Tyrae White, etc., Plaintiff–Respondent, v. New York City Housing Authority, Defendant–Appellant.
Order, Supreme Court, Bronx County (Robert E. Torres, J.), entered August 12, 2015, which, upon renewal, denied defendant's (N.Y.CHA) motion for summary judgment dismissing the complaint, unanimously modified, on the law, to grant the motion as to the common-law negligence claim, and otherwise affirmed, without costs.
Plaintiff seeks damages for injuries allegedly sustained by her disabled son in their NYCHA apartment as a result of coming into contact with an exposed heating pipe in his bedroom while he was suffering a seizure.
NYCHA failed to establish that Administrative Code of City of N.Y. § 27–809, which requires certain heating pipes to be insulated, did not apply to the subject building, whose construction pre-dates the enactment of that provision, and that no exception to the grandfathering provisions of the Code was applicable (Administrative Code §§ 27–111; see Isaacs v. West 34th Apts. Corp., 36 AD3d 414, 416 [1st Dept 2007], lv denied 8 NY3d 810 ; Sanchez v. Biordi, 259 A.D.2d 434 [1st Dept 1999], lv denied 94 N.Y.2d 754  ). The affidavits submitted by NYCHA attesting to the cost of capital improvements to the building did not conclusively show that alterations in excess of 30% of the value of the property were made to the building during any given 12–month period (Administrative Code §§ 27–115; 27–116; see Powers v. 31 E 31 LLC, 24 NY3d 84, 92 ; see also Johnson v. Wythe Place, LLC, 134 AD3d 569, 570 [1st Dept 2015] ).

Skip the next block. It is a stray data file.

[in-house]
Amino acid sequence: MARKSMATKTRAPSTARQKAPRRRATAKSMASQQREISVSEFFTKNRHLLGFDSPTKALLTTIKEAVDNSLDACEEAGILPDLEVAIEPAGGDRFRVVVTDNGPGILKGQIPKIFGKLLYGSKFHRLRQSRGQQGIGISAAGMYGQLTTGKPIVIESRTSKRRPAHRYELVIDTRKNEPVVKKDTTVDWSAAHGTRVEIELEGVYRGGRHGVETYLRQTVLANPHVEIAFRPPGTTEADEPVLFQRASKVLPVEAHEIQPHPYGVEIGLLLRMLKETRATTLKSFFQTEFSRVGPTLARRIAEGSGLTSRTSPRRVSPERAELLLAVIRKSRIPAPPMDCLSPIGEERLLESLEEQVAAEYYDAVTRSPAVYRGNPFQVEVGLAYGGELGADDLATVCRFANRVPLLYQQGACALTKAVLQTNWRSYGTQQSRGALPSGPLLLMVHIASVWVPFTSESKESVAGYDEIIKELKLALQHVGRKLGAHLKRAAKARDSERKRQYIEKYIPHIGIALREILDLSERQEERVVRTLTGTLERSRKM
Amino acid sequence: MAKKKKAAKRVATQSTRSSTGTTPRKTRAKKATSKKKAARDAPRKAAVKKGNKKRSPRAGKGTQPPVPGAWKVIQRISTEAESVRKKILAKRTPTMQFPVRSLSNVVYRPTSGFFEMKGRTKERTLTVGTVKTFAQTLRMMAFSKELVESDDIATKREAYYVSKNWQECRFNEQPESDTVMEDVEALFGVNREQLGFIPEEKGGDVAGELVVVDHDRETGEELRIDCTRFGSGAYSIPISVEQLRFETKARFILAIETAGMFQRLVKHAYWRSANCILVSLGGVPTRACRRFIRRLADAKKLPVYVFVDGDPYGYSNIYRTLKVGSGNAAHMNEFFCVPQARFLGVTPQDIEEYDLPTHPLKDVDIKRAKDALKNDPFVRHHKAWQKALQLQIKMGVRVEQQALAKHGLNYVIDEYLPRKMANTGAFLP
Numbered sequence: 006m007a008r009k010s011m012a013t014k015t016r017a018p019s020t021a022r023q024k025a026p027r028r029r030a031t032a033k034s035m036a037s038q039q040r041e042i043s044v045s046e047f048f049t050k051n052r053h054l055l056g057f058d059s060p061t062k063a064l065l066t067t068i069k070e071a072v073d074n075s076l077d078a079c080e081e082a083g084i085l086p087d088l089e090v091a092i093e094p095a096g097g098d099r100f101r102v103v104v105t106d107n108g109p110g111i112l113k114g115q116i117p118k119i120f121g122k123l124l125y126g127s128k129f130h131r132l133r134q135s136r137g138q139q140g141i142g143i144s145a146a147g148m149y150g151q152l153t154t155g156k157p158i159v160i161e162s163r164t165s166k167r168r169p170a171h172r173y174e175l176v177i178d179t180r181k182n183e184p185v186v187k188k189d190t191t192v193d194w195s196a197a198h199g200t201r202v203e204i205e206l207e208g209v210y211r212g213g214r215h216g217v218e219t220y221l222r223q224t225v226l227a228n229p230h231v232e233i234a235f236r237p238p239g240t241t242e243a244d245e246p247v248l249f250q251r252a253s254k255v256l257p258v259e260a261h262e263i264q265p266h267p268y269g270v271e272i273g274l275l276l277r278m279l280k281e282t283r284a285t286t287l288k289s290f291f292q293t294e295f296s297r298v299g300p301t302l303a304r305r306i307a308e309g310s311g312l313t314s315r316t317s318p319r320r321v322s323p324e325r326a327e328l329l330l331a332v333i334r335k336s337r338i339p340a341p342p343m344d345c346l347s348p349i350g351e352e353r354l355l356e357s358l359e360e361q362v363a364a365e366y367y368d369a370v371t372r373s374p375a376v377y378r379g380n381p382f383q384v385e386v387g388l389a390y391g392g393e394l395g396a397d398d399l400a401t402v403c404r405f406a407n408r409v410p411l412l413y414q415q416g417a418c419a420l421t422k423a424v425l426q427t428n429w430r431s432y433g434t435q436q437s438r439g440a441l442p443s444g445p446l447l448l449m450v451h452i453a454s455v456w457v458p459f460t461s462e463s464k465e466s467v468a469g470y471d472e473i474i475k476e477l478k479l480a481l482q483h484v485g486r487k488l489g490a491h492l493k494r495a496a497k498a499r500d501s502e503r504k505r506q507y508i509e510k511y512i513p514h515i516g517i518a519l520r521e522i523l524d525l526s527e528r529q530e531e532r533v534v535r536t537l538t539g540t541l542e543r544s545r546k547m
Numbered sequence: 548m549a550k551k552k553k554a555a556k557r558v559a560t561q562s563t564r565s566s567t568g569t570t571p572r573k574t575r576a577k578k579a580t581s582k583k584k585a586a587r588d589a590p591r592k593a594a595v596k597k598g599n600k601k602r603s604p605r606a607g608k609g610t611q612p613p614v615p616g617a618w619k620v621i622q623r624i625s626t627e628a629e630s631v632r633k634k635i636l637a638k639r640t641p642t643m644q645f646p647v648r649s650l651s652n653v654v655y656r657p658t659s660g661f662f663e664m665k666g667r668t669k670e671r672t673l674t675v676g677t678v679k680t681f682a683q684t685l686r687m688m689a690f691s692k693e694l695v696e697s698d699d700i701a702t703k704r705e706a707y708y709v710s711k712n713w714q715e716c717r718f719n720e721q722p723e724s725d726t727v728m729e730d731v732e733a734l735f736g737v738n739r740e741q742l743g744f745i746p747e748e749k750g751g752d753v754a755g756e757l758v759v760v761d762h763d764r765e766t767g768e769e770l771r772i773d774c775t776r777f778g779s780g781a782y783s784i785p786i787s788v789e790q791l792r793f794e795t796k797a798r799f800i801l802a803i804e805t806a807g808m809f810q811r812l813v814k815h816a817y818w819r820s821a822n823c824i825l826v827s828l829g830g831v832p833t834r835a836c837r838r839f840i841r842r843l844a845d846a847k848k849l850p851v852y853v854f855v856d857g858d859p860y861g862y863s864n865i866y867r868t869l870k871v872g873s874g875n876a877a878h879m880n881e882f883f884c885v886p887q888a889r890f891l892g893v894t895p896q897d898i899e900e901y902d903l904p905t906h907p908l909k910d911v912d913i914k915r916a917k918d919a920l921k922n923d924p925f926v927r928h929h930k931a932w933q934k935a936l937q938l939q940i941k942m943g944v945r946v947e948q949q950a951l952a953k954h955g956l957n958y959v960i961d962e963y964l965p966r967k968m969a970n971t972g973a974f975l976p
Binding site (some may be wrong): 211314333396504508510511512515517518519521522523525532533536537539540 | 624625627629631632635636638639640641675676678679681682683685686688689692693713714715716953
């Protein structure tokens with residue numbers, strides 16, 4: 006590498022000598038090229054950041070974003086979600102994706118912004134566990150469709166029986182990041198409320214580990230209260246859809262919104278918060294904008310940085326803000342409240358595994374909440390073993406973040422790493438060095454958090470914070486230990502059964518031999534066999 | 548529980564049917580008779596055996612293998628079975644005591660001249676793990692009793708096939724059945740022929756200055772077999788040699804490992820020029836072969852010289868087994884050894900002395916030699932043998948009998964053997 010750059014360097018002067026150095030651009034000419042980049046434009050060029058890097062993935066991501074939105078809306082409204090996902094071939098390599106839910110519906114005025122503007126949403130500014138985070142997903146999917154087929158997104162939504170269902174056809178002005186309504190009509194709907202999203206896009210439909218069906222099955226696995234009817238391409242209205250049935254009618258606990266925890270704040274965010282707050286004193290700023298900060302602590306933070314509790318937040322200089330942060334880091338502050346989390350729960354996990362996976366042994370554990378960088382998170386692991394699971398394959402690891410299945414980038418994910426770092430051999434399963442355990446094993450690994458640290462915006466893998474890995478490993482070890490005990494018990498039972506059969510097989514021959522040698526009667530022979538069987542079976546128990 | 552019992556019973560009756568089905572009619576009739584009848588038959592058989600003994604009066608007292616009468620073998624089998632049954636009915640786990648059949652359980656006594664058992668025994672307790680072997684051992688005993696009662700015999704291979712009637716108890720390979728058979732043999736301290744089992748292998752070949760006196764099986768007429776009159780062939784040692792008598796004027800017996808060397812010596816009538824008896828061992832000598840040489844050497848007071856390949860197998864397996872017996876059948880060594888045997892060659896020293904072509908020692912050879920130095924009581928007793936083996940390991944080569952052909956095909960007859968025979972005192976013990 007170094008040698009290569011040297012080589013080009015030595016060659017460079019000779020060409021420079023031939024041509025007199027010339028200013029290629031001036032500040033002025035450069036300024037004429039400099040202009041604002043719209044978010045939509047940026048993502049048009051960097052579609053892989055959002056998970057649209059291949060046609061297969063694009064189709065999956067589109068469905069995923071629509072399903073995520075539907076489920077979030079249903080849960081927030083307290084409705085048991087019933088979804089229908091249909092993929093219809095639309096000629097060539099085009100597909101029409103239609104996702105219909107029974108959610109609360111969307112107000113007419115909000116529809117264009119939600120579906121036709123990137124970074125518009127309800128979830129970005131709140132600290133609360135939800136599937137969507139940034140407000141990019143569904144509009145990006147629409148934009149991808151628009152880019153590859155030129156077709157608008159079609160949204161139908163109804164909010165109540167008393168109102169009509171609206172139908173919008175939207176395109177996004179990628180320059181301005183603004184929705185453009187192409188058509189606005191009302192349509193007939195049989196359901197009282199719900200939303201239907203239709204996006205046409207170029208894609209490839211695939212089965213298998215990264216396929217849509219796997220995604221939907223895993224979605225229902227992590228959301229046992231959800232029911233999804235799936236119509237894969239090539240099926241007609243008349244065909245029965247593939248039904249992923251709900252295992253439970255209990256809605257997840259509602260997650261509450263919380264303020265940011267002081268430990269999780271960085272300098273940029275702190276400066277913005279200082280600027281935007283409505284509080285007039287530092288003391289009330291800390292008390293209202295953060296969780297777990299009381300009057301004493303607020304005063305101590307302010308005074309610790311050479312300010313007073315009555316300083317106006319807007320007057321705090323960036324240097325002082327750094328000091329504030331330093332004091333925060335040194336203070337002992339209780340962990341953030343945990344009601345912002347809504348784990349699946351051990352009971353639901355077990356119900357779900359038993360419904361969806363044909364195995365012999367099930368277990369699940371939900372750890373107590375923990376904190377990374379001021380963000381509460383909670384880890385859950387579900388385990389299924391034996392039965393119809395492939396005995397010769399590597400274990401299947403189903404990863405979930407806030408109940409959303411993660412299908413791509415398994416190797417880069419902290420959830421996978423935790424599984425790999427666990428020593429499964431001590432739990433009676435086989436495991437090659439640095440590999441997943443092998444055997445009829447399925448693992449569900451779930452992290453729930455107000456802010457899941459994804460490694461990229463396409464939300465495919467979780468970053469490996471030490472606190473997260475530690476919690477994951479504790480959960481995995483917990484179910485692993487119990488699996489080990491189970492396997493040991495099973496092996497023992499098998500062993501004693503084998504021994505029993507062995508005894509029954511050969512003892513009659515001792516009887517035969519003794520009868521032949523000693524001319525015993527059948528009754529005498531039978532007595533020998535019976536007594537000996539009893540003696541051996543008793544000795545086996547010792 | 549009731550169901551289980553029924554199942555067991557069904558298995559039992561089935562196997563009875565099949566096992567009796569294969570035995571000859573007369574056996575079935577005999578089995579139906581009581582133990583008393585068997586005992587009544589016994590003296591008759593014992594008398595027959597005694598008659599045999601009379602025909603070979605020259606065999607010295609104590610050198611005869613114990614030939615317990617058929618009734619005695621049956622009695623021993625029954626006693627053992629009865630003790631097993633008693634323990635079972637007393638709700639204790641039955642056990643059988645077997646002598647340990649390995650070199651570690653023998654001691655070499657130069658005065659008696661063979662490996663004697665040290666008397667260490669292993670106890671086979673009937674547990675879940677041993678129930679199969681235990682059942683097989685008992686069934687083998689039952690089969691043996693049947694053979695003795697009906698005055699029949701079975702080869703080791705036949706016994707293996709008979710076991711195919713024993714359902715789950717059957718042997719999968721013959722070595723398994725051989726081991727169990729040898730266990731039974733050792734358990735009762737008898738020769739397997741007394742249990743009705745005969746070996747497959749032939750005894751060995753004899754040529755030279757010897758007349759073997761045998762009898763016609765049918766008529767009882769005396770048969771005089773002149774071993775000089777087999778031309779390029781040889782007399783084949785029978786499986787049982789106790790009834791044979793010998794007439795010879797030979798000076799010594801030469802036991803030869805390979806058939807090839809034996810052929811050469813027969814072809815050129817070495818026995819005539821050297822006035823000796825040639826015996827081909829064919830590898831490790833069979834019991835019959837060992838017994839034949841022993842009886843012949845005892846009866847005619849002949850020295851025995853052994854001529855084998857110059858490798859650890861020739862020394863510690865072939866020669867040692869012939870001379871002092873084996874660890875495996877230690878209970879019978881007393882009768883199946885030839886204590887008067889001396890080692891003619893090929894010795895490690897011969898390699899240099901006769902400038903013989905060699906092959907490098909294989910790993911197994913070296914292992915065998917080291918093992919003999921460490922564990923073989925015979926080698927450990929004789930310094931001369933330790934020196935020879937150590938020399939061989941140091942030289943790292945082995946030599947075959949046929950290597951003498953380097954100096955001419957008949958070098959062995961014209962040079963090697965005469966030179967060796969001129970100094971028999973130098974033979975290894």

NYCHA established prima facie that it was not negligent in its operation and maintenance of the heating pipes in plaintiff's son's bedroom via affidavits by its engineer, who determined, based on boiler room records, deposition testimony, and an inspection of the heating elements at the building and the apartment, that NYCHA's maintenance and operation of the heating pipes in the bedroom conformed to common and accepted practice, that the heating elements were functioning properly at the time of the accident, and that the steam pressure in the system was at an acceptable level at that time.
In opposition, plaintiff failed to controvert NYCHA's evidence as to the proper functioning of the heating system. The mere fact that the heating pipe, a heat source for the bedroom, was hot and lacked insulation, which would have interfered with its function, is not actionable (see Rivera v. Nelson Realty, LLC, 7 NY3d 530, 537 ; Bruno v. New York City Hous. Auth., 21 AD3d 760 [1st Dept 2005]; Rodriguez v. City of New York, 20 AD3d 327, 328 [1st Dept 2005]; Palacios v. City of New York, 80 AD3d 588 [2d Dept 2011] ). Moreover, there is no indication that NYCHA assumed a duty to plaintiff through a course of conduct (cf. Nina W. v. NDI King Ltd. Partnership, 112 AD3d 460 [1st Dept 2013] [building superintendent had removed the rusty, bent and sharp cover on a heating element and promised repeatedly to repair and reinstall it, but failed to do so] ). Plaintiff's contradictory statements about making a complaint to a NYCHA employee are insufficient to raise an issue of fact.